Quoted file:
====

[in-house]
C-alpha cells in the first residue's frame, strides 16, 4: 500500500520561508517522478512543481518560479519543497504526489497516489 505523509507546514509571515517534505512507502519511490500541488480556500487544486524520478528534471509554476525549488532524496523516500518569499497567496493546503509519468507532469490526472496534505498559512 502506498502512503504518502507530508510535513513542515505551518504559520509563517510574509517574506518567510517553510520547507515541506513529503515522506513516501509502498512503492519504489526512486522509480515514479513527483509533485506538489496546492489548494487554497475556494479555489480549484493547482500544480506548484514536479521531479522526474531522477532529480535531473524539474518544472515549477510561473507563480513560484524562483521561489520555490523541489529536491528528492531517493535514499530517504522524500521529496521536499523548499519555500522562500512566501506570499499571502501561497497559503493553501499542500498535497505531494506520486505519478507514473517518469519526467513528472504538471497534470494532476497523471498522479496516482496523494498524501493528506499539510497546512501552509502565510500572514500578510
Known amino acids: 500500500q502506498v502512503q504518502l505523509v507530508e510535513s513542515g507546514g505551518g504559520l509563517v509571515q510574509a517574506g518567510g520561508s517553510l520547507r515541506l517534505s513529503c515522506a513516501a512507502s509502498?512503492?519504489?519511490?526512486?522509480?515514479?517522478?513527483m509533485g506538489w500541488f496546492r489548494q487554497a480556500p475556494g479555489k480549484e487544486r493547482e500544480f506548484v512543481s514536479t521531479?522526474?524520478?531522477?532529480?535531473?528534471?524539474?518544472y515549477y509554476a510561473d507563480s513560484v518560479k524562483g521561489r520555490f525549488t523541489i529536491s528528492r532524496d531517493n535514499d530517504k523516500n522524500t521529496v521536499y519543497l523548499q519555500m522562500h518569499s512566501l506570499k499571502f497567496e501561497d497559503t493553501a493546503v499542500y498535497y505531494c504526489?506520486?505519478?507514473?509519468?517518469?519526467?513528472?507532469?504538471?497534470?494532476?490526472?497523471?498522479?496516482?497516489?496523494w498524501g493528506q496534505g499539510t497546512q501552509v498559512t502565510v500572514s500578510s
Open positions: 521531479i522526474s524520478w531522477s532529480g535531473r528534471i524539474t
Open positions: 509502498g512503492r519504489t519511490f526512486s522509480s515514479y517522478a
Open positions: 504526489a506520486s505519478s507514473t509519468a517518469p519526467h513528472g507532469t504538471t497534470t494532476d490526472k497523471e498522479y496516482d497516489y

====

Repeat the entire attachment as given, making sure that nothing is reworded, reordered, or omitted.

[in-house]
C-alpha cells in the first residue's frame, strides 16, 4: 500500500520561508517522478512543481518560479519543497504526489497516489 505523509507546514509571515517534505512507502519511490500541488480556500487544486524520478528534471509554476525549488532524496523516500518569499497567496493546503509519468507532469490526472496534505498559512 502506498502512503504518502507530508510535513513542515505551518504559520509563517510574509517574506518567510517553510520547507515541506513529503515522506513516501509502498512503492519504489526512486522509480515514479513527483509533485506538489496546492489548494487554497475556494479555489480549484493547482500544480506548484514536479521531479522526474531522477532529480535531473524539474518544472515549477510561473507563480513560484524562483521561489520555490523541489529536491528528492531517493535514499530517504522524500521529496521536499523548499519555500522562500512566501506570499499571502501561497497559503493553501499542500498535497505531494506520486505519478507514473517518469519526467513528472504538471497534470494532476497523471498522479496516482496523494498524501493528506499539510497546512501552509502565510500572514500578510
Known amino acids: 500500500q502506498v502512503q504518502l505523509v507530508e510535513s513542515g507546514g505551518g504559520l509563517v509571515q510574509a517574506g518567510g520561508s517553510l520547507r515541506l517534505s513529503c515522506a513516501a512507502s509502498?512503492?519504489?519511490?526512486?522509480?515514479?517522478?513527483m509533485g506538489w500541488f496546492r489548494q487554497a480556500p475556494g479555489k480549484e487544486r493547482e500544480f506548484v512543481s514536479t521531479?522526474?524520478?531522477?532529480?535531473?528534471?524539474?518544472y515549477y509554476a510561473d507563480s513560484v518560479k524562483g521561489r520555490f525549488t523541489i529536491s528528492r532524496d531517493n535514499d530517504k523516500n522524500t521529496v521536499y519543497l523548499q519555500m522562500h518569499s512566501l506570499k499571502f497567496e501561497d497559503t493553501a493546503v499542500y498535497y505531494c504526489?506520486?505519478?507514473?509519468?517518469?519526467?513528472?507532469?504538471?497534470?494532476?490526472?497523471?498522479?496516482?497516489?496523494w498524501g493528506q496534505g499539510t497546512q501552509v498559512t502565510v500572514s500578510s
Open positions: 521531479i522526474s524520478w531522477s532529480g535531473r528534471i524539474t
Open positions: 509502498g512503492r519504489t519511490f526512486s522509480s515514479y517522478a
Open positions: 504526489a506520486s505519478s507514473t509519468a517518469p519526467h513528472g507532469t504538471t497534470t494532476d490526472k497523471e498522479y496516482d497516489y